Take advantage of tools like BrightEdge, Searchmetrics, and SEMrush that provide keyword ideas tailored to your vertical. And if you are operating globally, get familiar with overseas competitors as well; it may mean you’re looking at keywords that aren’t yet popular in your country. It’s all part of what some refer to as competitive intelligence, and it is critical when optimizing for search engines.

Brainstorm head keywords

For any given keyword, there are dozens of metrics to consider. Rather than overwhelm yourself, focus on a few specific factors when deciding whether or not a particular keyword is right for your campaign.

Two key things to look at when weighing search volume, competitiveness, and other keyword metrics are:

1) search volume and

2) Ad competition.

If you’re trying to rank high in Google and don’t have an established presence online, it’s probably worth taking into account that you might be faced with stiffer competition (and thus need higher search volume) than if you were ranking on Bing or Yahoo.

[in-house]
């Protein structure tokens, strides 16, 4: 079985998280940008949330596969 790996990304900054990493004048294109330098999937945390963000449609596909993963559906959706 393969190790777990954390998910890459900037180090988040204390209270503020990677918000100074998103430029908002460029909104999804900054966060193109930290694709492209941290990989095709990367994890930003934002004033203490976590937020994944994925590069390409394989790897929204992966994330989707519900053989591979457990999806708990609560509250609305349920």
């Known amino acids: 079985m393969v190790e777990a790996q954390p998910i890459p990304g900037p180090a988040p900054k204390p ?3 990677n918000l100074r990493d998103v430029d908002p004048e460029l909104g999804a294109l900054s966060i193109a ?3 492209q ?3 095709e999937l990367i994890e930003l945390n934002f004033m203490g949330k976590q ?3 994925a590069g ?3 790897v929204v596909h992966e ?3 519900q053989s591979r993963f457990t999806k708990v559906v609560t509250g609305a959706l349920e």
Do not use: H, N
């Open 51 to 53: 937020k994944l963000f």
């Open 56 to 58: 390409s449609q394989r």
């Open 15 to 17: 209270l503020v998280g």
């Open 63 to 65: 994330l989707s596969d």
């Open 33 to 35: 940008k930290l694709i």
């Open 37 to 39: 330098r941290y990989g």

And speaking of Google: though most people focus their research efforts on AdWords—Google’s platform specifically designed for advertisers—don’t forget about Bing ads!

Use your seed keywords to find additional keywords and related keywords

When you use your seed keywords as a starting point, you can find other keywords and related keywords quickly. While your target keyword might yield 100 results in Google Keyword Planner, using it as a seed keyword will uncover thousands of related keyword list and help broaden your keyword list.